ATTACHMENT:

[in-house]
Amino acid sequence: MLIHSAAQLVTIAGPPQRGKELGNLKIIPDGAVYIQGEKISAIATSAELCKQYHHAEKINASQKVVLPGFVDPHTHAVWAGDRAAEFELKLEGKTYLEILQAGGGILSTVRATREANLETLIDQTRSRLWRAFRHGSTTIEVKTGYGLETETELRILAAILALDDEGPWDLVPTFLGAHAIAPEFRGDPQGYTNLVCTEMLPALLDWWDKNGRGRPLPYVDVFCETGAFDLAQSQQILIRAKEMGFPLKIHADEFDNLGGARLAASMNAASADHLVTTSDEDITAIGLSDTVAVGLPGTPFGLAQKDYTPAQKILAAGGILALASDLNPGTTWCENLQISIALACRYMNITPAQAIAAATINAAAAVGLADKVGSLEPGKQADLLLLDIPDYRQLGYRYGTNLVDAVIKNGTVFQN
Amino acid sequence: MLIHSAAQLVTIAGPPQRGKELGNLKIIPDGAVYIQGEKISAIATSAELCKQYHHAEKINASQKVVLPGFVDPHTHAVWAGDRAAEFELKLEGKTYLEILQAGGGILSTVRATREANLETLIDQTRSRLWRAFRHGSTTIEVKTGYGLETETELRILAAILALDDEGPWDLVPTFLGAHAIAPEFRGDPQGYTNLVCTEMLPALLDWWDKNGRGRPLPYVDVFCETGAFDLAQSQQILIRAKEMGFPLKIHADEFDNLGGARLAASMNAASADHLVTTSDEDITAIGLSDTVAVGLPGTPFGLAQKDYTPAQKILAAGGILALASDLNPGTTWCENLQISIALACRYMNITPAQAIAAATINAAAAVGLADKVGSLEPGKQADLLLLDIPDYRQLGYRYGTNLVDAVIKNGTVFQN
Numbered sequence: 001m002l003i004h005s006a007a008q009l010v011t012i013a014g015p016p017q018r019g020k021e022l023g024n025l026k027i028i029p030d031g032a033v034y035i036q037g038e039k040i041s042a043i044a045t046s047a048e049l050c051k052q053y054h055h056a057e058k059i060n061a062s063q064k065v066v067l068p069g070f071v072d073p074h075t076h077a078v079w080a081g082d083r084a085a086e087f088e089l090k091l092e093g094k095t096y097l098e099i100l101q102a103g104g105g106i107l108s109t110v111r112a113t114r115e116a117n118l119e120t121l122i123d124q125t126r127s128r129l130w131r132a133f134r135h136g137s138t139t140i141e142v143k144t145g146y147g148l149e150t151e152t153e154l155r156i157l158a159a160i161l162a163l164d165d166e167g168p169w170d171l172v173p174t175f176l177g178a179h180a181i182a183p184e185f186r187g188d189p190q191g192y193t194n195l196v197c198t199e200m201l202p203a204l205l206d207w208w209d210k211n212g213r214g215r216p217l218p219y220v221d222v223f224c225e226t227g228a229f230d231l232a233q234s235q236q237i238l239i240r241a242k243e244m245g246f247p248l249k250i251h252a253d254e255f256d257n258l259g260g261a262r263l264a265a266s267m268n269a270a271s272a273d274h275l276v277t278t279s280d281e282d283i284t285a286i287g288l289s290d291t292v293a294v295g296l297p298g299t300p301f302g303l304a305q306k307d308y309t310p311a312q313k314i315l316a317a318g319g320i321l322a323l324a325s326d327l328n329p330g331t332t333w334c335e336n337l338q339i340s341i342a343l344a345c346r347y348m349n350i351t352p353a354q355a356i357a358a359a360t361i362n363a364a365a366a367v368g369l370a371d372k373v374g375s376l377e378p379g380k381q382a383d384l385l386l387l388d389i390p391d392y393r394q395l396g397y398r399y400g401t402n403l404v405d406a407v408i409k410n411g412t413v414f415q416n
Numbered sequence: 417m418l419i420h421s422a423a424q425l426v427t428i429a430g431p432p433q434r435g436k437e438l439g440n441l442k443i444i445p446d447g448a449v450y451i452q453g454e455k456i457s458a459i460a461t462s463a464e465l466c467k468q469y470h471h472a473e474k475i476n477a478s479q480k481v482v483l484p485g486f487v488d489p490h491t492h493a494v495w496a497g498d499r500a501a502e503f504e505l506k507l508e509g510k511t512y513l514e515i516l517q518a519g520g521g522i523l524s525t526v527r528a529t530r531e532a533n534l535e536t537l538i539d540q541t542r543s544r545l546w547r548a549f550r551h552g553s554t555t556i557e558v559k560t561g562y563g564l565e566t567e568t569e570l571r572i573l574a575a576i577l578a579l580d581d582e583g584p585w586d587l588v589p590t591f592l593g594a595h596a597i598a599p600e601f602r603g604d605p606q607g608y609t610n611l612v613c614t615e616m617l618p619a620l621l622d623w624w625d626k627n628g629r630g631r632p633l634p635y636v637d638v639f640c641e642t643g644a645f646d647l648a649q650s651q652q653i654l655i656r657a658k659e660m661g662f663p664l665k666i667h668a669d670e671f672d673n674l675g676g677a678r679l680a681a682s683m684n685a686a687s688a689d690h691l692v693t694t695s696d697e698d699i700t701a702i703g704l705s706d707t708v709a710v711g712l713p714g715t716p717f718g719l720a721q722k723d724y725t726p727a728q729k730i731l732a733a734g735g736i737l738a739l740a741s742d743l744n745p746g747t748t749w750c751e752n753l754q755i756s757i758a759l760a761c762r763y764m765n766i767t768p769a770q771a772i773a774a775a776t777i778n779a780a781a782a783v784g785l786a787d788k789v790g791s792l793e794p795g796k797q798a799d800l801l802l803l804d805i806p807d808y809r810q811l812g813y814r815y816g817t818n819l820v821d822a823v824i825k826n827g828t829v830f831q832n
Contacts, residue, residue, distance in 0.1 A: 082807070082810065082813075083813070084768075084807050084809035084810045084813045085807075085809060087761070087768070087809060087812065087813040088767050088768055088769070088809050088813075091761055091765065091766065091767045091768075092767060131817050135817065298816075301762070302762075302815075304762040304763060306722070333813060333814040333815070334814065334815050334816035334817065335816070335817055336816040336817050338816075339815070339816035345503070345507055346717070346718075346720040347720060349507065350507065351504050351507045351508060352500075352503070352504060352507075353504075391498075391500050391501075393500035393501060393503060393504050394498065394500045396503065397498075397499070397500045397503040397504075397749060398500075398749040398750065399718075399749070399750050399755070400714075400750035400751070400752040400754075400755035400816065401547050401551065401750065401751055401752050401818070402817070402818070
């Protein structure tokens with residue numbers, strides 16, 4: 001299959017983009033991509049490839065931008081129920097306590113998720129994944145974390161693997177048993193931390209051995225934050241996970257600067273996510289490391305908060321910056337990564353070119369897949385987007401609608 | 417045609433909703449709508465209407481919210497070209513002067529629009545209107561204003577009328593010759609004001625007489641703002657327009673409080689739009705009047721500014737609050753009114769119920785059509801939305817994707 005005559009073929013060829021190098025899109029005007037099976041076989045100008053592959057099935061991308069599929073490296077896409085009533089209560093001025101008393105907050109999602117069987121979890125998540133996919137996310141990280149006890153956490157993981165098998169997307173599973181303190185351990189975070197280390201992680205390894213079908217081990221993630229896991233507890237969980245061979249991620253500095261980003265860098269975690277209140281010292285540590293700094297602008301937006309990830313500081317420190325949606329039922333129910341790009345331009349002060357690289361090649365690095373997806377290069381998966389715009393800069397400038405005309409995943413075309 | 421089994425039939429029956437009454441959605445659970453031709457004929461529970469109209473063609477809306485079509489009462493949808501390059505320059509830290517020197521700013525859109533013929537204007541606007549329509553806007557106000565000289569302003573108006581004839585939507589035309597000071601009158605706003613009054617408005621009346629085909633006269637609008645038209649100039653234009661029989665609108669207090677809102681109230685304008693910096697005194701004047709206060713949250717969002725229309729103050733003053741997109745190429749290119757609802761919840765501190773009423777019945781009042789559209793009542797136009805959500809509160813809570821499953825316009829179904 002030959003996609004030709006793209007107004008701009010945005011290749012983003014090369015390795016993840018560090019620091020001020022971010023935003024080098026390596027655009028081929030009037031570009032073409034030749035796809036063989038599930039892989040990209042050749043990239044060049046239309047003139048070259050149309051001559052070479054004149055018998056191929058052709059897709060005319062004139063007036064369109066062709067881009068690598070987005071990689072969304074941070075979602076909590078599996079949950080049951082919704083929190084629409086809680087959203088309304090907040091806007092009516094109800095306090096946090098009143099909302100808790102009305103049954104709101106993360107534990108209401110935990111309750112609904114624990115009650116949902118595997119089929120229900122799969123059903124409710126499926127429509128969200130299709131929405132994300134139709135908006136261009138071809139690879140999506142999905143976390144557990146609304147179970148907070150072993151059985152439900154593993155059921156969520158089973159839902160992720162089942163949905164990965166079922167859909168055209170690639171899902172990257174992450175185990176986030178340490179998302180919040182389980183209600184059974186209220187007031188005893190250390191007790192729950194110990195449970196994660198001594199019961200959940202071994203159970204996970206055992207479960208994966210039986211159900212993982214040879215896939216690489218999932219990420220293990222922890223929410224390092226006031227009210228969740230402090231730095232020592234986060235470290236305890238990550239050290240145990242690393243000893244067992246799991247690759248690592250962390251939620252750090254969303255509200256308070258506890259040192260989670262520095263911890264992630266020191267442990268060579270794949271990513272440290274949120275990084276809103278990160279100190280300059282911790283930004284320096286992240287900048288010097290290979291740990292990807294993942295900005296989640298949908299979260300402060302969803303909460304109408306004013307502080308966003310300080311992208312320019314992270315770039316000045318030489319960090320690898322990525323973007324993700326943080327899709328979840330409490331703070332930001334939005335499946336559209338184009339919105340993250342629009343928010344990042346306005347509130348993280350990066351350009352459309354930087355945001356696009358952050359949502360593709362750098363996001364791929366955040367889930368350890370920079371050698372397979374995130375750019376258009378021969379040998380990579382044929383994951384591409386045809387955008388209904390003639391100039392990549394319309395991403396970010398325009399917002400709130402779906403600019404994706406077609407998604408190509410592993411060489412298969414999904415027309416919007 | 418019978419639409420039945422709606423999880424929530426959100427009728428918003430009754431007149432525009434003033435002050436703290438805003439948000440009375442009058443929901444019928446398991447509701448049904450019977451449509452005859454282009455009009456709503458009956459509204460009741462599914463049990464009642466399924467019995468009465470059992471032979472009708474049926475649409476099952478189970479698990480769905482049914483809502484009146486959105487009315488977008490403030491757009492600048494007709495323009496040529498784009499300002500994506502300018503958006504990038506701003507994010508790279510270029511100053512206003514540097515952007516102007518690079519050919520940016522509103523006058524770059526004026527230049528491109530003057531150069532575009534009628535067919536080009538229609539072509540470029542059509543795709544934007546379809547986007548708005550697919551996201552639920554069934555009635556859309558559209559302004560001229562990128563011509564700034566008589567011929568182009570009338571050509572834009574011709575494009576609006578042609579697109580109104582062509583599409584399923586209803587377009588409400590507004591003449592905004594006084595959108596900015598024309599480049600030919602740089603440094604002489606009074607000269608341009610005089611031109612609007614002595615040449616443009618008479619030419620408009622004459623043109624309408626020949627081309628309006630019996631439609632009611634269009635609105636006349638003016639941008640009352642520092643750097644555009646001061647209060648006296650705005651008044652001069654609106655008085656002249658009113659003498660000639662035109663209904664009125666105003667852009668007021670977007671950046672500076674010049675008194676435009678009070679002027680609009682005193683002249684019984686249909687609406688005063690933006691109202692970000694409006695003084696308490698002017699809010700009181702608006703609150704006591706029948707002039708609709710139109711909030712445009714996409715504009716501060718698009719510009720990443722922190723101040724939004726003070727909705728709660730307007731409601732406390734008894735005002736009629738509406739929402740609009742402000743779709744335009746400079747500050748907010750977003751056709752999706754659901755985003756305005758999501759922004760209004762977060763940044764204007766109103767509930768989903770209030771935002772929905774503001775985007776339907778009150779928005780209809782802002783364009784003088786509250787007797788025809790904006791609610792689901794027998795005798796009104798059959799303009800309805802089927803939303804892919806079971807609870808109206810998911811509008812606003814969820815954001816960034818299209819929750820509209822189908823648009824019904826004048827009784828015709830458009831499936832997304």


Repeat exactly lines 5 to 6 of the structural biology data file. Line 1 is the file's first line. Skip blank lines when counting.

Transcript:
Numbered sequence: 417m418l419i420h421s422a423a424q425l426v427t428i429a430g431p432p433q434r435g436k437e438l439g440n441l442k443i444i445p446d447g448a449v450y451i452q453g454e455k456i457s458a459i460a461t462s463a464e465l466c467k468q469y470h471h472a473e474k475i476n477a478s479q480k481v482v483l484p485g486f487v488d489p490h491t492h493a494v495w496a497g498d499r500a501a502e503f504e505l506k507l508e509g510k511t512y513l514e515i516l517q518a519g520g521g522i523l524s525t526v527r528a529t530r531e532a533n534l535e536t537l538i539d540q541t542r543s544r545l546w547r548a549f550r551h552g553s554t555t556i557e558v559k560t561g562y563g564l565e566t567e568t569e570l571r572i573l574a575a576i577l578a579l580d581d582e583g584p585w586d587l588v589p590t591f592l593g594a595h596a597i598a599p600e601f602r603g604d605p606q607g608y609t610n611l612v613c614t615e616m617l618p619a620l621l622d623w624w625d626k627n628g629r630g631r632p633l634p635y636v637d638v639f640c641e642t643g644a645f646d647l648a649q650s651q652q653i654l655i656r657a658k659e660m661g662f663p664l665k666i667h668a669d670e671f672d673n674l675g676g677a678r679l680a681a682s683m684n685a686a687s688a689d690h691l692v693t694t695s696d697e698d699i700t701a702i703g704l705s706d707t708v709a710v711g712l713p714g715t716p717f718g719l720a721q722k723d724y725t726p727a728q729k730i731l732a733a734g735g736i737l738a739l740a741s742d743l744n745p746g747t748t749w750c751e752n753l754q755i756s757i758a759l760a761c762r763y764m765n766i767t768p769a770q771a772i773a774a775a776t777i778n779a780a781a782a783v784g785l786a787d788k789v790g791s792l793e794p795g796k797q798a799d800l801l802l803l804d805i806p807d808y809r810q811l812g813y814r815y816g817t818n819l820v821d822a823v824i825k826n827g828t829v830f831q832n
Contacts, residue, residue, distance in 0.1 A: 082807070082810065082813075083813070084768075084807050084809035084810045084813045085807075085809060087761070087768070087809060087812065087813040088767050088768055088769070088809050088813075091761055091765065091766065091767045091768075092767060131817050135817065298816075301762070302762075302815075304762040304763060306722070333813060333814040333815070334814065334815050334816035334817065335816070335817055336816040336817050338816075339815070339816035345503070345507055346717070346718075346720040347720060349507065350507065351504050351507045351508060352500075352503070352504060352507075353504075391498075391500050391501075393500035393501060393503060393504050394498065394500045396503065397498075397499070397500045397503040397504075397749060398500075398749040398750065399718075399749070399750050399755070400714075400750035400751070400752040400754075400755035400816065401547050401551065401750065401751055401752050401818070402817070402818070